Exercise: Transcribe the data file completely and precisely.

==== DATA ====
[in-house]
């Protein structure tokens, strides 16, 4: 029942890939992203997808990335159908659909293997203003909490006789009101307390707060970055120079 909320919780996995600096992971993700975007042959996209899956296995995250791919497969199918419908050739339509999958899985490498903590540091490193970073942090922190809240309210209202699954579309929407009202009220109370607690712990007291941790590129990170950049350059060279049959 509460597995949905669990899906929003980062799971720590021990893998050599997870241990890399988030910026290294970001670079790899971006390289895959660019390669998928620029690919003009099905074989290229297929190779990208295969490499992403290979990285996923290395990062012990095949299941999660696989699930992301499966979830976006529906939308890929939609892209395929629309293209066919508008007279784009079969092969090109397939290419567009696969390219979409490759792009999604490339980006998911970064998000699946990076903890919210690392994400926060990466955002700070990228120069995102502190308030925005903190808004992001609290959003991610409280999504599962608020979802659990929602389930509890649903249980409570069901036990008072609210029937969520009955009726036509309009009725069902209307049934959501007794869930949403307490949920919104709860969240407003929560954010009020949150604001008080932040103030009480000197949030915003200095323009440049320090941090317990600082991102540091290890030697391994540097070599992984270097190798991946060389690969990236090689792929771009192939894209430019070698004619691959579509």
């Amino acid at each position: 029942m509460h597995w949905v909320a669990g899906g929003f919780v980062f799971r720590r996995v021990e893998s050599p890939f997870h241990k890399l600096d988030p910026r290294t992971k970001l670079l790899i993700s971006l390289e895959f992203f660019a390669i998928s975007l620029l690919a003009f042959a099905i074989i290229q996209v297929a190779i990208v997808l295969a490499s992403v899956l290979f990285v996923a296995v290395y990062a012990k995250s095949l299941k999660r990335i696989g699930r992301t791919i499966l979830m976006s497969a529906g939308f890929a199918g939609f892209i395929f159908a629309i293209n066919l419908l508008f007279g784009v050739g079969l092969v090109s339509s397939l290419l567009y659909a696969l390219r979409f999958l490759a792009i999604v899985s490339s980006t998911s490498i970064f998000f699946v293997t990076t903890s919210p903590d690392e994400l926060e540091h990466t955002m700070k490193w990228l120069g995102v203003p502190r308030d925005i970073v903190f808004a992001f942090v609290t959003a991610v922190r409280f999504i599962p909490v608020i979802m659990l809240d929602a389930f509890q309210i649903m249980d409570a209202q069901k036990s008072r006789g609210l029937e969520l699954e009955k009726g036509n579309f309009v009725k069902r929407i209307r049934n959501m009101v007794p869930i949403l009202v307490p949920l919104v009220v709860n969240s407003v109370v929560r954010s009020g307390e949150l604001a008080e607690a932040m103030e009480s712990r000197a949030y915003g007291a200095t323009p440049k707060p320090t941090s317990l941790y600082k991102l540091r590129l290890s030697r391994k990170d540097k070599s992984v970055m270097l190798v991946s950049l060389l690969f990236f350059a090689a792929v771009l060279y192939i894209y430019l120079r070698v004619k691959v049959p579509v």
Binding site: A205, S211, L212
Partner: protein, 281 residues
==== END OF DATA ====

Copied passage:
[in-house]
């Protein structure tokens, strides 16, 4: 029942890939992203997808990335159908659909293997203003909490006789009101307390707060970055120079 909320919780996995600096992971993700975007042959996209899956296995995250791919497969199918419908050739339509999958899985490498903590540091490193970073942090922190809240309210209202699954579309929407009202009220109370607690712990007291941790590129990170950049350059060279049959 509460597995949905669990899906929003980062799971720590021990893998050599997870241990890399988030910026290294970001670079790899971006390289895959660019390669998928620029690919003009099905074989290229297929190779990208295969490499992403290979990285996923290395990062012990095949299941999660696989699930992301499966979830976006529906939308890929939609892209395929629309293209066919508008007279784009079969092969090109397939290419567009696969390219979409490759792009999604490339980006998911970064998000699946990076903890919210690392994400926060990466955002700070990228120069995102502190308030925005903190808004992001609290959003991610409280999504599962608020979802659990929602389930509890649903249980409570069901036990008072609210029937969520009955009726036509309009009725069902209307049934959501007794869930949403307490949920919104709860969240407003929560954010009020949150604001008080932040103030009480000197949030915003200095323009440049320090941090317990600082991102540091290890030697391994540097070599992984270097190798991946060389690969990236090689792929771009192939894209430019070698004619691959579509």
């Amino acid at each position: 029942m509460h597995w949905v909320a669990g899906g929003f919780v980062f799971r720590r996995v021990e893998s050599p890939f997870h241990k890399l600096d988030p910026r290294t992971k970001l670079l790899i993700s971006l390289e895959f992203f660019a390669i998928s975007l620029l690919a003009f042959a099905i074989i290229q996209v297929a190779i990208v997808l295969a490499s992403v899956l290979f990285v996923a296995v290395y990062a012990k995250s095949l299941k999660r990335i696989g699930r992301t791919i499966l979830m976006s497969a529906g939308f890929a199918g939609f892209i395929f159908a629309i293209n066919l419908l508008f007279g784009v050739g079969l092969v090109s339509s397939l290419l567009y659909a696969l390219r979409f999958l490759a792009i999604v899985s490339s980006t998911s490498i970064f998000f699946v293997t990076t903890s919210p903590d690392e994400l926060e540091h990466t955002m700070k490193w990228l120069g995102v203003p502190r308030d925005i970073v903190f808004a992001f942090v609290t959003a991610v922190r409280f999504i599962p909490v608020i979802m659990l809240d929602a389930f509890q309210i649903m249980d409570a209202q069901k036990s008072r006789g609210l029937e969520l699954e009955k009726g036509n579309f309009v009725k069902r929407i209307r049934n959501m009101v007794p869930i949403l009202v307490p949920l919104v009220v709860n969240s407003v109370v929560r954010s009020g307390e949150l604001a008080e607690a932040m103030e009480s712990r000197a949030y915003g007291a200095t323009p440049k707060p320090t941090s317990l941790y600082k991102l540091r590129l290890s030697r391994k990170d540097k070599s992984v970055m270097l190798v991946s950049l060389l690969f990236f350059a090689a792929v771009l060279y192939i894209y430019l120079r070698v004619k691959v049959p579509v």
Binding site: A205, S211, L212
Partner: protein, 281 residues